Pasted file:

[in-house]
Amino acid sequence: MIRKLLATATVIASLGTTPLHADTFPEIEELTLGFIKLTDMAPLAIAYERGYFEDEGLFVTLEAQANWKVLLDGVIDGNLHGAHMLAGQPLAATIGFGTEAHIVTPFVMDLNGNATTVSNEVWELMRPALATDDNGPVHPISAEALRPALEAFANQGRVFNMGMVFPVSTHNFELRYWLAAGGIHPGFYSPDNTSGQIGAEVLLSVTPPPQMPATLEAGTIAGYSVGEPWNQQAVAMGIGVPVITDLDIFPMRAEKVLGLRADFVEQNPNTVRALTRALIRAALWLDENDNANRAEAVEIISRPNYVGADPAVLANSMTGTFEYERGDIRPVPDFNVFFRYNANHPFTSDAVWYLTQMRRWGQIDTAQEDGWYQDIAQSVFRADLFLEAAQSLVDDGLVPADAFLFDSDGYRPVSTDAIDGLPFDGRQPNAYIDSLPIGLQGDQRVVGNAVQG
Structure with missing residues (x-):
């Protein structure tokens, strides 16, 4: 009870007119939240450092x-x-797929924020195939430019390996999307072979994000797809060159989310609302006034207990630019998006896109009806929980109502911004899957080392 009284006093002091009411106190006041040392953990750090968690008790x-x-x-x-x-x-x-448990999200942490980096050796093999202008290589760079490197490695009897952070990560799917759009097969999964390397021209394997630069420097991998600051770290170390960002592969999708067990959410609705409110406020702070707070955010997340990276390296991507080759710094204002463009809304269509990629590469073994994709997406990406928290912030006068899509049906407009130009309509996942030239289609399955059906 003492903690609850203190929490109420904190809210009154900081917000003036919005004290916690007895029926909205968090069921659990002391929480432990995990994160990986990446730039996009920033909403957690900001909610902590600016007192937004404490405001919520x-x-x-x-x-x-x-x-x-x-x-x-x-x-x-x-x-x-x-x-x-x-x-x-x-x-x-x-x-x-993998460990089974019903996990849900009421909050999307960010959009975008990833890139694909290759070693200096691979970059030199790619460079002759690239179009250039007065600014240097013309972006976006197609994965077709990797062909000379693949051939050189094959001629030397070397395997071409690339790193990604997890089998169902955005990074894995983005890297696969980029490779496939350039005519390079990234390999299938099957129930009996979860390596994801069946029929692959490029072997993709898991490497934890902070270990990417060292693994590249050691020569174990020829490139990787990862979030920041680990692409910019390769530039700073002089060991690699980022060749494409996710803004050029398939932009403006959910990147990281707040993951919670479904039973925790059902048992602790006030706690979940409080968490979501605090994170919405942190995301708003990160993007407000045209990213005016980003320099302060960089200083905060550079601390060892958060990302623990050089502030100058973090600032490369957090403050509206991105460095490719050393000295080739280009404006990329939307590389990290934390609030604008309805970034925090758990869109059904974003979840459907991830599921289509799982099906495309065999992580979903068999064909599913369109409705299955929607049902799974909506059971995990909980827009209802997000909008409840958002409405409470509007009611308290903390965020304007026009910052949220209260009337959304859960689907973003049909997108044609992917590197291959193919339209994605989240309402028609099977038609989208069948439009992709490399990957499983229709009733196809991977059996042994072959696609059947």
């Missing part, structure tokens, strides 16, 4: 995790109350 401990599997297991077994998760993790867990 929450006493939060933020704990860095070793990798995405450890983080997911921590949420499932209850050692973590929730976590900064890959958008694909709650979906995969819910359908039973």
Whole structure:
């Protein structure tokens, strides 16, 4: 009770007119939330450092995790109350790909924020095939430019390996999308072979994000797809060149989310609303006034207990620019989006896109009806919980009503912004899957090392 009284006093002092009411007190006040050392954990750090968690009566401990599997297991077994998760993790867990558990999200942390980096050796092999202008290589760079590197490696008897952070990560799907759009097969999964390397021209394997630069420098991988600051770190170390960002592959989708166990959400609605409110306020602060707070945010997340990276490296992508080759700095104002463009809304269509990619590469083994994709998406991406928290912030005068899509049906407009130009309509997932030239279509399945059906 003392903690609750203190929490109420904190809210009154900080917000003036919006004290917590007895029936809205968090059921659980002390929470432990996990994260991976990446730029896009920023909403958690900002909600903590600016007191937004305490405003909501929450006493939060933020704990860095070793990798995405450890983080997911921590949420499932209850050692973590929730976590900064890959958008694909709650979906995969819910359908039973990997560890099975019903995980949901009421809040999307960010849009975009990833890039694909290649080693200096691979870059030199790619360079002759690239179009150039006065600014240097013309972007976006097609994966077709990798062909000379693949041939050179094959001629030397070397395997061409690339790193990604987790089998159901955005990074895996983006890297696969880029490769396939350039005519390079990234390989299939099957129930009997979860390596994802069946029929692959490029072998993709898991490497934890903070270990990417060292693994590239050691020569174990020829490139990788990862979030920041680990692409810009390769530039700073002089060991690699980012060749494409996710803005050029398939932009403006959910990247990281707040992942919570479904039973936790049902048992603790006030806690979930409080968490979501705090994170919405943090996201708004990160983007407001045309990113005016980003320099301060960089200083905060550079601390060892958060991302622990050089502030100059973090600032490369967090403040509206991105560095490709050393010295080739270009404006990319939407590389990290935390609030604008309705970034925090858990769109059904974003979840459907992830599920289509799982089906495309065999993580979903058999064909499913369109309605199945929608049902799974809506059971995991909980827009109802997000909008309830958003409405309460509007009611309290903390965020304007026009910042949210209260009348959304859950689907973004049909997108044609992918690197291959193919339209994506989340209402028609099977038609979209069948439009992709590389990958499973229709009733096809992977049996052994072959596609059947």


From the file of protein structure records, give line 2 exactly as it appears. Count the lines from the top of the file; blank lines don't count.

Amino acid sequence: MIRKLLATATVIASLGTTPLHADTFPEIEELTLGFIKLTDMAPLAIAYERGYFEDEGLFVTLEAQANWKVLLDGVIDGNLHGAHMLAGQPLAATIGFGTEAHIVTPFVMDLNGNATTVSNEVWELMRPALATDDNGPVHPISAEALRPALEAFANQGRVFNMGMVFPVSTHNFELRYWLAAGGIHPGFYSPDNTSGQIGAEVLLSVTPPPQMPATLEAGTIAGYSVGEPWNQQAVAMGIGVPVITDLDIFPMRAEKVLGLRADFVEQNPNTVRALTRALIRAALWLDENDNANRAEAVEIISRPNYVGADPAVLANSMTGTFEYERGDIRPVPDFNVFFRYNANHPFTSDAVWYLTQMRRWGQIDTAQEDGWYQDIAQSVFRADLFLEAAQSLVDDGLVPADAFLFDSDGYRPVSTDAIDGLPFDGRQPNAYIDSLPIGLQGDQRVVGNAVQG